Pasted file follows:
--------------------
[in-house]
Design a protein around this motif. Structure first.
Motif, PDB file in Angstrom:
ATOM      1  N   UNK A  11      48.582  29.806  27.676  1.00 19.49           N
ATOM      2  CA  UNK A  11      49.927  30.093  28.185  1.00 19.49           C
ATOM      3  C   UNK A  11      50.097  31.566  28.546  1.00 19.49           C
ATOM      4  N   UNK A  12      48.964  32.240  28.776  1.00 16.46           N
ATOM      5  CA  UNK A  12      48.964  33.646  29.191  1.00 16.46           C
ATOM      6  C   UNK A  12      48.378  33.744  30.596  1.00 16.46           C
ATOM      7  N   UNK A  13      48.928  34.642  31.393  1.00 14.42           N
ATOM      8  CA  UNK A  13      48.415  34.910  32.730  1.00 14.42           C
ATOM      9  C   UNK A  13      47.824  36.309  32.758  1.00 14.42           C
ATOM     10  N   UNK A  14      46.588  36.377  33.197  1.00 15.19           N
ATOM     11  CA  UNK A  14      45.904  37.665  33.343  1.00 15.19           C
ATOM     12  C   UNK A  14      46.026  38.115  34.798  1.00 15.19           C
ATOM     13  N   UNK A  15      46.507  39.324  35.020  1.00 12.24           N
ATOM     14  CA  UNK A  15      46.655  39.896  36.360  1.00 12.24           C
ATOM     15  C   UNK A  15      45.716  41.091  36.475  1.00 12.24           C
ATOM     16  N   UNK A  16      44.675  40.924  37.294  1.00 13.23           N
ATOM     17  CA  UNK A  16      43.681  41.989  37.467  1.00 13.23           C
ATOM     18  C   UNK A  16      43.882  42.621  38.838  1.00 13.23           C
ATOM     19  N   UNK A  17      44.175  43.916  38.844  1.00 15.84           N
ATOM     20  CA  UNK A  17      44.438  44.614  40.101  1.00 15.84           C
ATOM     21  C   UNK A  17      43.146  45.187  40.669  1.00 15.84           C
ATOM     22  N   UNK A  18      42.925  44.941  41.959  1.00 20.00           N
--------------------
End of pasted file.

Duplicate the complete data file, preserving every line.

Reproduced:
[in-house]
Design a protein around this motif. Structure first.
Motif, PDB file in Angstrom:
ATOM      1  N   UNK A  11      48.582  29.806  27.676  1.00 19.49           N
ATOM      2  CA  UNK A  11      49.927  30.093  28.185  1.00 19.49           C
ATOM      3  C   UNK A  11      50.097  31.566  28.546  1.00 19.49           C
ATOM      4  N   UNK A  12      48.964  32.240  28.776  1.00 16.46           N
ATOM      5  CA  UNK A  12      48.964  33.646  29.191  1.00 16.46           C
ATOM      6  C   UNK A  12      48.378  33.744  30.596  1.00 16.46           C
ATOM      7  N   UNK A  13      48.928  34.642  31.393  1.00 14.42           N
ATOM      8  CA  UNK A  13      48.415  34.910  32.730  1.00 14.42           C
ATOM      9  C   UNK A  13      47.824  36.309  32.758  1.00 14.42           C
ATOM     10  N   UNK A  14      46.588  36.377  33.197  1.00 15.19           N
ATOM     11  CA  UNK A  14      45.904  37.665  33.343  1.00 15.19           C
ATOM     12  C   UNK A  14      46.026  38.115  34.798  1.00 15.19           C
ATOM     13  N   UNK A  15      46.507  39.324  35.020  1.00 12.24           N
ATOM     14  CA  UNK A  15      46.655  39.896  36.360  1.00 12.24           C
ATOM     15  C   UNK A  15      45.716  41.091  36.475  1.00 12.24           C
ATOM     16  N   UNK A  16      44.675  40.924  37.294  1.00 13.23           N
ATOM     17  CA  UNK A  16      43.681  41.989  37.467  1.00 13.23           C
ATOM     18  C   UNK A  16      43.882  42.621  38.838  1.00 13.23           C
ATOM     19  N   UNK A  17      44.175  43.916  38.844  1.00 15.84           N
ATOM     20  CA  UNK A  17      44.438  44.614  40.101  1.00 15.84           C
ATOM     21  C   UNK A  17      43.146  45.187  40.669  1.00 15.84           C
ATOM     22  N   UNK A  18      42.925  44.941  41.959  1.00 20.00           N